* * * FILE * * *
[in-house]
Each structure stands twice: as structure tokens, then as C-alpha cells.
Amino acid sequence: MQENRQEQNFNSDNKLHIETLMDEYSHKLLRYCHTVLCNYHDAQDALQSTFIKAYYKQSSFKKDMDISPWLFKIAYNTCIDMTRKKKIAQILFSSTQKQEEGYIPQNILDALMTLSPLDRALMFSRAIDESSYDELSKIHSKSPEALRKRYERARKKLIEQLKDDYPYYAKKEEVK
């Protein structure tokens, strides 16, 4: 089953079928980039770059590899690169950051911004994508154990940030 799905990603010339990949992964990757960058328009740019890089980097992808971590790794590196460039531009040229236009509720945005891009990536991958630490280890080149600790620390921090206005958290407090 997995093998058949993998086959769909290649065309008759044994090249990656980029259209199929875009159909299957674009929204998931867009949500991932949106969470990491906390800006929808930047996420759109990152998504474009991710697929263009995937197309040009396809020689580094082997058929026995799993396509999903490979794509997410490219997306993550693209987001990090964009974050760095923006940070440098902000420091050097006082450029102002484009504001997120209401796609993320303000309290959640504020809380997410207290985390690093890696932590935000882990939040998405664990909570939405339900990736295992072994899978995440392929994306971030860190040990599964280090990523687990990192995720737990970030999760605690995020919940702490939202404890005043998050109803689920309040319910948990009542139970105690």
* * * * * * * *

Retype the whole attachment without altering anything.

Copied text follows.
[in-house]
Each structure stands twice: as structure tokens, then as C-alpha cells.
Amino acid sequence: MQENRQEQNFNSDNKLHIETLMDEYSHKLLRYCHTVLCNYHDAQDALQSTFIKAYYKQSSFKKDMDISPWLFKIAYNTCIDMTRKKKIAQILFSSTQKQEEGYIPQNILDALMTLSPLDRALMFSRAIDESSYDELSKIHSKSPEALRKRYERARKKLIEQLKDDYPYYAKKEEVK
């Protein structure tokens, strides 16, 4: 089953079928980039770059590899690169950051911004994508154990940030 799905990603010339990949992964990757960058328009740019890089980097992808971590790794590196460039531009040229236009509720945005891009990536991958630490280890080149600790620390921090206005958290407090 997995093998058949993998086959769909290649065309008759044994090249990656980029259209199929875009159909299957674009929204998931867009949500991932949106969470990491906390800006929808930047996420759109990152998504474009991710697929263009995937197309040009396809020689580094082997058929026995799993396509999903490979794509997410490219997306993550693209987001990090964009974050760095923006940070440098902000420091050097006082450029102002484009504001997120209401796609993320303000309290959640504020809380997410207290985390690093890696932590935000882990939040998405664990909570939405339900990736295992072994899978995440392929994306971030860190040990599964280090990523687990990192995720737990970030999760605690995020919940702490939202404890005043998050109803689920309040319910948990009542139970105690």